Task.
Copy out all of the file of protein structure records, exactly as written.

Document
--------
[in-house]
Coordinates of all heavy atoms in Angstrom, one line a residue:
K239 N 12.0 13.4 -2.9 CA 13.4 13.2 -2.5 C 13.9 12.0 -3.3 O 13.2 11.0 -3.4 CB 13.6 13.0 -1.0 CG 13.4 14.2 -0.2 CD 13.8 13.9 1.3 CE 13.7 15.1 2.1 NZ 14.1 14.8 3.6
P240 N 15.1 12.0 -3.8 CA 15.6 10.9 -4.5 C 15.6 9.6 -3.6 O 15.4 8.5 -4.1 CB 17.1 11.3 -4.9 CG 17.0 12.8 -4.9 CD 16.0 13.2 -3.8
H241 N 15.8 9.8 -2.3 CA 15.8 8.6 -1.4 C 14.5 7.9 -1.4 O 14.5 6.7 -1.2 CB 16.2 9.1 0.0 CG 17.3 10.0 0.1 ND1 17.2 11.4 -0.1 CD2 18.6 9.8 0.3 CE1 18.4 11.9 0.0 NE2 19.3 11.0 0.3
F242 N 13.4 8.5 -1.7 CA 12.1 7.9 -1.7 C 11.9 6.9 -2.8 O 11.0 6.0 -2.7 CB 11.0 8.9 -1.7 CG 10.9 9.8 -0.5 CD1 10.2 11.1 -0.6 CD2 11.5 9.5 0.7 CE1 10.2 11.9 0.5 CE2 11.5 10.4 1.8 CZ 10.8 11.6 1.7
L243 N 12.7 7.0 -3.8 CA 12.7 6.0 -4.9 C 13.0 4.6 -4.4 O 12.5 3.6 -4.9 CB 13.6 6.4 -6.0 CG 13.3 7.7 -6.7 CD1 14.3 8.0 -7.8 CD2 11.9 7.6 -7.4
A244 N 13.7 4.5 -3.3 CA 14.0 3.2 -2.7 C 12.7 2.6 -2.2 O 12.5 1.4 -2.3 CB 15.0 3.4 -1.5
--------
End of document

[in-house]
Coordinates of all heavy atoms in Angstrom, one line a residue:
K239 N 12.0 13.4 -2.9 CA 13.4 13.2 -2.5 C 13.9 12.0 -3.3 O 13.2 11.0 -3.4 CB 13.6 13.0 -1.0 CG 13.4 14.2 -0.2 CD 13.8 13.9 1.3 CE 13.7 15.1 2.1 NZ 14.1 14.8 3.6
P240 N 15.1 12.0 -3.8 CA 15.6 10.9 -4.5 C 15.6 9.6 -3.6 O 15.4 8.5 -4.1 CB 17.1 11.3 -4.9 CG 17.0 12.8 -4.9 CD 16.0 13.2 -3.8
H241 N 15.8 9.8 -2.3 CA 15.8 8.6 -1.4 C 14.5 7.9 -1.4 O 14.5 6.7 -1.2 CB 16.2 9.1 0.0 CG 17.3 10.0 0.1 ND1 17.2 11.4 -0.1 CD2 18.6 9.8 0.3 CE1 18.4 11.9 0.0 NE2 19.3 11.0 0.3
F242 N 13.4 8.5 -1.7 CA 12.1 7.9 -1.7 C 11.9 6.9 -2.8 O 11.0 6.0 -2.7 CB 11.0 8.9 -1.7 CG 10.9 9.8 -0.5 CD1 10.2 11.1 -0.6 CD2 11.5 9.5 0.7 CE1 10.2 11.9 0.5 CE2 11.5 10.4 1.8 CZ 10.8 11.6 1.7
L243 N 12.7 7.0 -3.8 CA 12.7 6.0 -4.9 C 13.0 4.6 -4.4 O 12.5 3.6 -4.9 CB 13.6 6.4 -6.0 CG 13.3 7.7 -6.7 CD1 14.3 8.0 -7.8 CD2 11.9 7.6 -7.4
A244 N 13.7 4.5 -3.3 CA 14.0 3.2 -2.7 C 12.7 2.6 -2.2 O 12.5 1.4 -2.3 CB 15.0 3.4 -1.5